Down in the Weeds: Final Observations

Image by Peggy und Marco Lachmann-Anke from Pixabay

After a walk through the muck, weeds and promise of these 50 states, some overall final observations are in store for 2020 and beyond.  In some cases, the GOP has to get their act together if they hope to be a viable party within their respective states.   Among those observations are:

1.The GOP HAS Changed: With the rise of Donald Trump as the head of the Republican Party, there is no denying the party has changed. This proves that the old guard was nothing more than grifters with velvet tongues when it came to conservatism who were afraid of a real fight.  That is what the pundit class most fears from Trump-  upsetting the lucrative apple cart.

2.Many “Problems” Preceded Trump:  Realizing their power is waning, this expert class blames Trump for every miscue, setback, and defeat at the state and local level. But as this series has attempted to show, many of the problems at the state level began way before Trump.  The seeds of their current impotency were planted years ago.

3.Demographics Are Important, But Not Political Destiny:  The efforts at minority outreach when it comes to Hispanics and young voters in Texas should be a roadmap for the GOP nationally and in other states.  A consistent, cohesive, conservative message that resonates across racial or ethnic lines can undo all the doom and gloom about the impending GOP apocalypse with minority voters.

4.Old Guard Republicans Are Scared Rabbits: Trump has proven that a confrontational and combative style of leadership can win votes.  In Maine, Paul LePage in 2010 laid the groundwork for this strategy before Trump.  He did not shy away from “controversy” and was combative, yet he won two elections- before Trump even announced his candidacy.

5.Who Cares About Rhetoric?: Some have described and decried this as a “coarsening” of political rhetoric and fanning the flames of partisan rancor.  Up against a Leftist opponent who shows no inclination to soften rhetoric or extinguish the flames of partisan rancor, perhaps finally many are realizing that the only way to win is to fight fire with fire.

6.Over-Reliance on the Consultants: In several states, the GOP was led down the road to defeat or near defeat by reliance on political consultants.  Perhaps that is because they are basing their strategies on the political realities of yesteryear rather than accurately reading the new tea leaves.  Trump, or someone in his campaign, has that uncanny ability.

7.Don’t Forget Old-Fashioned Campaigning:  Think of the most popular Republican not named Donald Trump then ask yourself if they could fill a 30,000 seat arena with a rally.  Trump can do that because he is a unique breath of fresh air.  This- and Twitter- are Trump’s ways of taking his message directly to the people.  It is a deft use of old style, raucous political rally coupled with social media. Good old-fashioned lawn signs and, more importantly, knocks on doors pay greater dividends.  In quite a few cases in 2018, we saw way too many politicians also relying simply on incumbency.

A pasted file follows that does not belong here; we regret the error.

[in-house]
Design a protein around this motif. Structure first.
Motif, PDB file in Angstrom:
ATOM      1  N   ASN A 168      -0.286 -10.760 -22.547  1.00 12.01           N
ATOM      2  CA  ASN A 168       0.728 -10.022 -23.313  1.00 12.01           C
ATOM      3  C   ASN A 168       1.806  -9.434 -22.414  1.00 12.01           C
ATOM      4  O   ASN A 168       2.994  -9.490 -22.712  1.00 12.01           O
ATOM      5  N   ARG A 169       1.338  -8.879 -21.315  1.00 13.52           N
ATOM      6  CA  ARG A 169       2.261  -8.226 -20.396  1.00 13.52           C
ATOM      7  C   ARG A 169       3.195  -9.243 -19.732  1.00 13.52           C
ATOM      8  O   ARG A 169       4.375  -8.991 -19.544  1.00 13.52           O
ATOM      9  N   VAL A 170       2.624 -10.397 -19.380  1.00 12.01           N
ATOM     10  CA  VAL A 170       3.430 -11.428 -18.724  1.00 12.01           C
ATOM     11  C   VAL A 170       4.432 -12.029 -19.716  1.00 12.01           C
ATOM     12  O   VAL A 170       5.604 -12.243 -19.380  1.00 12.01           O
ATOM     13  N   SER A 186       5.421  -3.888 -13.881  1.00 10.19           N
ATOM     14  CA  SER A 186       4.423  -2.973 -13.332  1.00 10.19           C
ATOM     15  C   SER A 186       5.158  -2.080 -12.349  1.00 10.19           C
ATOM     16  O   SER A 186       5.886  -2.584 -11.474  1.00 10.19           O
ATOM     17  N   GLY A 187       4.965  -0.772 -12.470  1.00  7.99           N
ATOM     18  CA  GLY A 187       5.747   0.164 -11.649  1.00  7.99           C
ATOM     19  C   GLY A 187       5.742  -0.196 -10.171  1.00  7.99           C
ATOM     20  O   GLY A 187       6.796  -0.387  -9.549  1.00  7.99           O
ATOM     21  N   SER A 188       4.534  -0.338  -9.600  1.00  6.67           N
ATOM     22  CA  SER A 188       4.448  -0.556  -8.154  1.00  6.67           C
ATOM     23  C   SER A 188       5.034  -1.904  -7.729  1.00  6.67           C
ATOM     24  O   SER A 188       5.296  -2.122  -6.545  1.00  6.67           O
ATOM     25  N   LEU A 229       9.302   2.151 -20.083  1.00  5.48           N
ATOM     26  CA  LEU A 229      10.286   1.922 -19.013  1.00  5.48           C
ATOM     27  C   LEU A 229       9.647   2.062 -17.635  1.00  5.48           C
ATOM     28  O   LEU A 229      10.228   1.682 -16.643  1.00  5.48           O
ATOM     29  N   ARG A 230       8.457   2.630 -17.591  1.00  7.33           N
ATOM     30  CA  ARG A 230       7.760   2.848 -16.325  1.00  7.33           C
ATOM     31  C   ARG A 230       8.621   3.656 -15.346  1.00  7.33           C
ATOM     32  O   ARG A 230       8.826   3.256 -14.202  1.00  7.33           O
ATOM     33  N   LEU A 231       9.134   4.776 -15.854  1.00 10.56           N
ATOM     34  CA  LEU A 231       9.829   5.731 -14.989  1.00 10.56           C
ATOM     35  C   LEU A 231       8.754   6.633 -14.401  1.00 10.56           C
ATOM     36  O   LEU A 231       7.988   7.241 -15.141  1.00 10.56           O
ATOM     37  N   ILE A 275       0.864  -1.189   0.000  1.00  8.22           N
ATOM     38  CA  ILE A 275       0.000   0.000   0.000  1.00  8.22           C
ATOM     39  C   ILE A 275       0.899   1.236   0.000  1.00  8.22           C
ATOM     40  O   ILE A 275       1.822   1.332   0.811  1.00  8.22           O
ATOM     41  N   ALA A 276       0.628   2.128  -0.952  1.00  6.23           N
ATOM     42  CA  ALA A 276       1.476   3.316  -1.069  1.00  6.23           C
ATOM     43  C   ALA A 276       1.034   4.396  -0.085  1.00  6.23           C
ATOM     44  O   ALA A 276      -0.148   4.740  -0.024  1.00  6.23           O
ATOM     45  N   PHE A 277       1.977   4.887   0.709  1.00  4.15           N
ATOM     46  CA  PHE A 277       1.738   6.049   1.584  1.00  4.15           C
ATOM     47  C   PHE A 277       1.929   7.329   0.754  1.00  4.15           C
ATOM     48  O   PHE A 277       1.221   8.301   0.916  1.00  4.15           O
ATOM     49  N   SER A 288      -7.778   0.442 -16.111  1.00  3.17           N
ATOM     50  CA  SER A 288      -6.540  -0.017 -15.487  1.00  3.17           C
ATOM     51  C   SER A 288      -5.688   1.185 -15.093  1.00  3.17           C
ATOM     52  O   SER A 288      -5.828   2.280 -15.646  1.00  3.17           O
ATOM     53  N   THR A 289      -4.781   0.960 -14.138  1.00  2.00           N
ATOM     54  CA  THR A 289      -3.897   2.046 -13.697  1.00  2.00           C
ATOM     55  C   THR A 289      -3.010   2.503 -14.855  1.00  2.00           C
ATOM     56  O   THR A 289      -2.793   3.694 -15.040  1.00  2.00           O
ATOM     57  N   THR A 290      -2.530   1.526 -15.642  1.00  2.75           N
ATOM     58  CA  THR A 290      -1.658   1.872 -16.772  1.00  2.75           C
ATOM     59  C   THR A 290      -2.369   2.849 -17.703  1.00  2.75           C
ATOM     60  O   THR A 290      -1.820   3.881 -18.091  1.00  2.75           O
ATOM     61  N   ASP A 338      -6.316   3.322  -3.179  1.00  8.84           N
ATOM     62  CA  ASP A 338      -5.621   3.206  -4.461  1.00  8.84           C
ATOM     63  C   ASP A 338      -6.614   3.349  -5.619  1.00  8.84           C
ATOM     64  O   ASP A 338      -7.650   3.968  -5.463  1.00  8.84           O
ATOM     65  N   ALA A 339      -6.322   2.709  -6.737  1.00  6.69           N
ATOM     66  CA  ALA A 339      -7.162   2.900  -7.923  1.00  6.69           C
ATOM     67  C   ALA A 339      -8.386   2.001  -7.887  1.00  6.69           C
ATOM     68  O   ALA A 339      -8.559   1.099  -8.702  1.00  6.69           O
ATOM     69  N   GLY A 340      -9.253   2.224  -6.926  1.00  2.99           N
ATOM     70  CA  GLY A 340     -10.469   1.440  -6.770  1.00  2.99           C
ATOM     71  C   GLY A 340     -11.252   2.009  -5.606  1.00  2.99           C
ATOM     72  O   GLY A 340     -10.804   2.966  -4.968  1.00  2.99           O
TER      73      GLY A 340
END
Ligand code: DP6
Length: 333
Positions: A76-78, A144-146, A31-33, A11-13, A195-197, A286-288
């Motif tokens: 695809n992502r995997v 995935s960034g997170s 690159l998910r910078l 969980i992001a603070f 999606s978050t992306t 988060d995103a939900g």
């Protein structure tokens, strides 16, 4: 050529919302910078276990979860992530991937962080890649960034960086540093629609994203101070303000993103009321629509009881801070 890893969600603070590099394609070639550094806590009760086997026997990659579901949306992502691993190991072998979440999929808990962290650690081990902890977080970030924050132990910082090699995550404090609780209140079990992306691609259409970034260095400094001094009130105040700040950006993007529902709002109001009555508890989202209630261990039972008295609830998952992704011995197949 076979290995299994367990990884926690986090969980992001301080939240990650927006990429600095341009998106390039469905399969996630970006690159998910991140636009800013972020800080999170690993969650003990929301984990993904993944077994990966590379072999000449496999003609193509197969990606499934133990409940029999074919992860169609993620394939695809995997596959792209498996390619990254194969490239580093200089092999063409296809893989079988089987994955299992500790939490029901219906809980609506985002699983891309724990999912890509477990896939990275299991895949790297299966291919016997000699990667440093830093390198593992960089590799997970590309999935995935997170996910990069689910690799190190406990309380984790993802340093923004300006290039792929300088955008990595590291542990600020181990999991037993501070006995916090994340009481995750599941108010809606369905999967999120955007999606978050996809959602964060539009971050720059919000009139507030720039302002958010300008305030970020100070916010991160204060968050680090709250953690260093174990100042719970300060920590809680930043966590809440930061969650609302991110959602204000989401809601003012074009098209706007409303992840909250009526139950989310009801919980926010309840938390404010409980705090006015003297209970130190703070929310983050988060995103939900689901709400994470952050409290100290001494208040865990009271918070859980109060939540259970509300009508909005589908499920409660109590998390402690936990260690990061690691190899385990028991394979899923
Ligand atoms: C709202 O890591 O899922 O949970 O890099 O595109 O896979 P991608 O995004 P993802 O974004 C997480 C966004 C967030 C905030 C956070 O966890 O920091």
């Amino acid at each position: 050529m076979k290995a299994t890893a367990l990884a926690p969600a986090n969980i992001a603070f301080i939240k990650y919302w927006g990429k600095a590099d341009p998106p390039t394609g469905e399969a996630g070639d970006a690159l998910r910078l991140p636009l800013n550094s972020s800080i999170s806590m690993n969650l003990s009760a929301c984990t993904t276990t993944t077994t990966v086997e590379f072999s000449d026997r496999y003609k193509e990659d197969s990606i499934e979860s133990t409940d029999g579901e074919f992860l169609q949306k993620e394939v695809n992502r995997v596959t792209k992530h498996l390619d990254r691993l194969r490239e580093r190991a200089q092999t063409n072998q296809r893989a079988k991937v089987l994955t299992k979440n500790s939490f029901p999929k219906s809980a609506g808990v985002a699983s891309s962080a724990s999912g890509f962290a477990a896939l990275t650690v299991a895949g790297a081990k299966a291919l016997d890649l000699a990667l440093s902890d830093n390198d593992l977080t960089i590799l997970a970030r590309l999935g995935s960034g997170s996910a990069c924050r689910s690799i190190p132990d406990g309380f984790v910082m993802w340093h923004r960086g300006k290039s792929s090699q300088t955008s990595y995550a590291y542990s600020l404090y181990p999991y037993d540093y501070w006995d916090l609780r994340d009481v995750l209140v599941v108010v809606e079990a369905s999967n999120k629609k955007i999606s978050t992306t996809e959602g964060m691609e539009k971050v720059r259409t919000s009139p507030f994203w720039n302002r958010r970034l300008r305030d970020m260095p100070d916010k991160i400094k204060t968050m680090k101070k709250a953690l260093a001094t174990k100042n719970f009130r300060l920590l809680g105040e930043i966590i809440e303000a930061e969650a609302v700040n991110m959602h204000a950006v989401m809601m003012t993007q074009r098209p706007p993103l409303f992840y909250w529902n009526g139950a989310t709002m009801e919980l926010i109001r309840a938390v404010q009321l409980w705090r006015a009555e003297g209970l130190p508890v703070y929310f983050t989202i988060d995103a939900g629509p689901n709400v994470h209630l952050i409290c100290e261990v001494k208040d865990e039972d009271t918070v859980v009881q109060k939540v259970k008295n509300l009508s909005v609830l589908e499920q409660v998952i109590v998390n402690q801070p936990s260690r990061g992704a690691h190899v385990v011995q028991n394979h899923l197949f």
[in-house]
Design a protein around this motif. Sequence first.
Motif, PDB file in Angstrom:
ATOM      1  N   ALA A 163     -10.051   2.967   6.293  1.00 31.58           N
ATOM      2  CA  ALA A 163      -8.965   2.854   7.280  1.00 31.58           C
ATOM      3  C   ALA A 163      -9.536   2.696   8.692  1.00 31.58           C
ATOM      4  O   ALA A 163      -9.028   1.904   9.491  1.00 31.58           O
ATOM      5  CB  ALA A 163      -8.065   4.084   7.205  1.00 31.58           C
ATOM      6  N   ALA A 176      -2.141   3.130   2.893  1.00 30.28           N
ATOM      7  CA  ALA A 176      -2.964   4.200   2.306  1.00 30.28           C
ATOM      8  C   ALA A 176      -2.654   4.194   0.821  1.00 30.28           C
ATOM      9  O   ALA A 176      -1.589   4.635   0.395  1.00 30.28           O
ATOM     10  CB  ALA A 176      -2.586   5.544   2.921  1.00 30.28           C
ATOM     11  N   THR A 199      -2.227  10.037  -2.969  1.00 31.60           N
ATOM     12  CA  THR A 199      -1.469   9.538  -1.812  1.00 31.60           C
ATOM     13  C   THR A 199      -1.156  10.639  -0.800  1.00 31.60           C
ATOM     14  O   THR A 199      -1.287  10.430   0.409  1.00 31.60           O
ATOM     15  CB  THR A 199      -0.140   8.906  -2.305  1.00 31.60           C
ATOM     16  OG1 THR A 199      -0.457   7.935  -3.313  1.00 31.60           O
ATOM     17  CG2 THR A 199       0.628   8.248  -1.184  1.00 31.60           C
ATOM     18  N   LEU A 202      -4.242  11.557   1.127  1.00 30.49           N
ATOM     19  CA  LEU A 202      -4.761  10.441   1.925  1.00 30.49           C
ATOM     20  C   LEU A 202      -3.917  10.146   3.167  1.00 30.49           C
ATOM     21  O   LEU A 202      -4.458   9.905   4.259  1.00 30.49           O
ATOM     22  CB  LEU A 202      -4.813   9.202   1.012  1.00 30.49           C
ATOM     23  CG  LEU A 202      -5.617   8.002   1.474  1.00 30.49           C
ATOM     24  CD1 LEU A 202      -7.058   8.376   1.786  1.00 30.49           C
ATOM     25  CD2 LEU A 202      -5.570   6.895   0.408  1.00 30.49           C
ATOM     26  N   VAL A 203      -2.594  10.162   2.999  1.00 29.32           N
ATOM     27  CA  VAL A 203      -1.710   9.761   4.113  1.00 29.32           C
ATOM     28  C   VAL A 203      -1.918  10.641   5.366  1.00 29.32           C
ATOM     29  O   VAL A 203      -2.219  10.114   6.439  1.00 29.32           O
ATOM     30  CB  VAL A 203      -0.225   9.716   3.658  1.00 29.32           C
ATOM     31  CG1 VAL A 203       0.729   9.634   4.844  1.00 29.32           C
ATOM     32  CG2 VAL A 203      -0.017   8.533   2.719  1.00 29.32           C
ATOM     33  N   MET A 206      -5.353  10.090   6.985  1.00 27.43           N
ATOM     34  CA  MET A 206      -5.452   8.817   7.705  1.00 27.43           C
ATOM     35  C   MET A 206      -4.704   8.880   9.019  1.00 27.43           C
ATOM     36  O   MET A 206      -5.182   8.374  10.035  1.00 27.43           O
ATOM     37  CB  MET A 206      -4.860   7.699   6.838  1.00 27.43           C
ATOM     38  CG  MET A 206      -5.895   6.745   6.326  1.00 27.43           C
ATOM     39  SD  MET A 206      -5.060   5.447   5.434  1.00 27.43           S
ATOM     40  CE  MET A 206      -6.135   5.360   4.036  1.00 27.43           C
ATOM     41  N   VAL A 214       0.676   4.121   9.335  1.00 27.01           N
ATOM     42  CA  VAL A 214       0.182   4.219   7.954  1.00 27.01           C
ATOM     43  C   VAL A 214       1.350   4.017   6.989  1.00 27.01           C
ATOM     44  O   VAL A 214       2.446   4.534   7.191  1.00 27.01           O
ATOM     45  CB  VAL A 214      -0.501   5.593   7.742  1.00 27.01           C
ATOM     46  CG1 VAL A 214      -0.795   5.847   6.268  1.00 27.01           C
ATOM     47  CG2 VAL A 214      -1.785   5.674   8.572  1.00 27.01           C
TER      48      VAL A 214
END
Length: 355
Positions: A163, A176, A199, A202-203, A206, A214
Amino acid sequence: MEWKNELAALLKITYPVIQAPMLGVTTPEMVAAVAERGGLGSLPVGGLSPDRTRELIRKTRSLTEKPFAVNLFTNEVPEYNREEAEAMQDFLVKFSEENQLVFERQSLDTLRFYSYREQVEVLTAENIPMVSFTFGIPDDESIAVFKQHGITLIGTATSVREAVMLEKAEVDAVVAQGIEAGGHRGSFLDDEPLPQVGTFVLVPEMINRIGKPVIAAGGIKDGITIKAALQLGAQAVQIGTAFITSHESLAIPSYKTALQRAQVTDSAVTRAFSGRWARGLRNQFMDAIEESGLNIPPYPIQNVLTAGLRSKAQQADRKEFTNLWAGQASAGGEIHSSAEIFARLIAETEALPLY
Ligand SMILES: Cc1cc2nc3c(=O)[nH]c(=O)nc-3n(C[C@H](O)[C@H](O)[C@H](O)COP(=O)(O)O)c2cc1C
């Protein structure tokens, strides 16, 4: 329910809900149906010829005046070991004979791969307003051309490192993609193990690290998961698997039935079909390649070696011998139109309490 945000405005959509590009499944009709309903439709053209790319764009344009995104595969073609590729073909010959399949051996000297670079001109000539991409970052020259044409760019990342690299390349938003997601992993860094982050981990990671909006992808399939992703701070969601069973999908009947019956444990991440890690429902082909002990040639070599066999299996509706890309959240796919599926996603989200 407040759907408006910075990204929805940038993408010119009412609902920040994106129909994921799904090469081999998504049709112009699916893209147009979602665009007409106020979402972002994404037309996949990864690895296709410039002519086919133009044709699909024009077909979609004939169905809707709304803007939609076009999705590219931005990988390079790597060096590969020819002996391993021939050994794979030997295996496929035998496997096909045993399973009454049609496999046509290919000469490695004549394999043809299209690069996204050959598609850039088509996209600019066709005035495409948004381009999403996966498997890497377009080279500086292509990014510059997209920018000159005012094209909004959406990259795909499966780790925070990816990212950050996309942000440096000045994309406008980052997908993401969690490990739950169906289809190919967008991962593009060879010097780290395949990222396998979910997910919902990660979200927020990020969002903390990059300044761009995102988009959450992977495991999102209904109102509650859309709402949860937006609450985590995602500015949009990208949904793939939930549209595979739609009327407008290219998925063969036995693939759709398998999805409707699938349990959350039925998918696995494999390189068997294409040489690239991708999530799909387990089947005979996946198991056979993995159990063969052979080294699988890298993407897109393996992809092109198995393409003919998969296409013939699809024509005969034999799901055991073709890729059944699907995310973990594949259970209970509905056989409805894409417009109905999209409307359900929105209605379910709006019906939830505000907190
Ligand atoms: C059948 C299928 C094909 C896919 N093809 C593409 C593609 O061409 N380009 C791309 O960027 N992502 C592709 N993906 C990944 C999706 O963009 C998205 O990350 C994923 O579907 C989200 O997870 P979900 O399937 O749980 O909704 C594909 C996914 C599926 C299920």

8.Miscalculating Vulnerability: In some cases, we saw electoral losses when candidates were pleading for help from the state party apparatus.  Instead, they were ignored.  A Cook PVI rating is all well-and-good, but it also is based on history and fails to account for demographic and cultural shifts within a Congressional district.  As was stated in the article (part 2) of Texas, there are two ways to ensure victory: run unopposed, or run scared.  If the GOP hopes to be a viable voice going forward, every candidate must treat their campaign like it will be their last.

9.Fossil Leadership:  Political “experience” is one thing.  Sticking with failed leadership is another thing. Touting the virtues of “stability” in some cases has resulted in party leaders leading the GOP to obscurity and abject defeat in some states.

10.Running From a Fight:  Look at where Trump has held rallies: Cleveland, Minneapolis, Rio Rancho, NM, El Paso, Milwaukee, Dallas.  These are hardly conservative areas.   In too many races, the GOP has thrown in the towel and not even run a candidate.  Yes…it is expensive in some areas, but knocks on doors are cheap.

11.Proper Role of a State Party:  In some cases, the state party plays favorites with down-ballot candidates.  The proper role- and this involves the use of state party money resources- should be to allow the primary voters to decide on a candidate, then for the state party to invest their resources in the winners.  Given losing records in some cases, is it any wonder people vote for the opposite of who the state party prefers?

12.Rancor and Foot-Shooting:  Democrats, aided by the media, cover their dirty laundry a little better. Whether a party leader is caught masturbating outside their estranged wife’s home, or sending pictures of his erect body parts to candidates in two highlighted instances in this series, a lot of “rancor” and “controversy” is self-created.  “Leaders” have to stop shooting themselves in their own feet.

13.Moderation Is Not a Principle Worth Saving:  In many states we have seen the state GOP endorsing so-called moderate Republicans only to see those candidates go down to humiliating defeat.  Many times these “moderates” act and talk like a Democrat (Knute Buhler in Oregon and others).  What has that accomplished in these states?   We have seen “moderation” in action in states like Colorado, Washington, Oregon, Nevada, and California.   If the Republican Party is to be the last best hope for conservatism, then the party better adopt, stick to, and encourage conservative solutions and policies and stop acting like a scared opossum in headlights when the Left inevitably attacks.

The Party has a template for doing just that and his name is Donald Trump.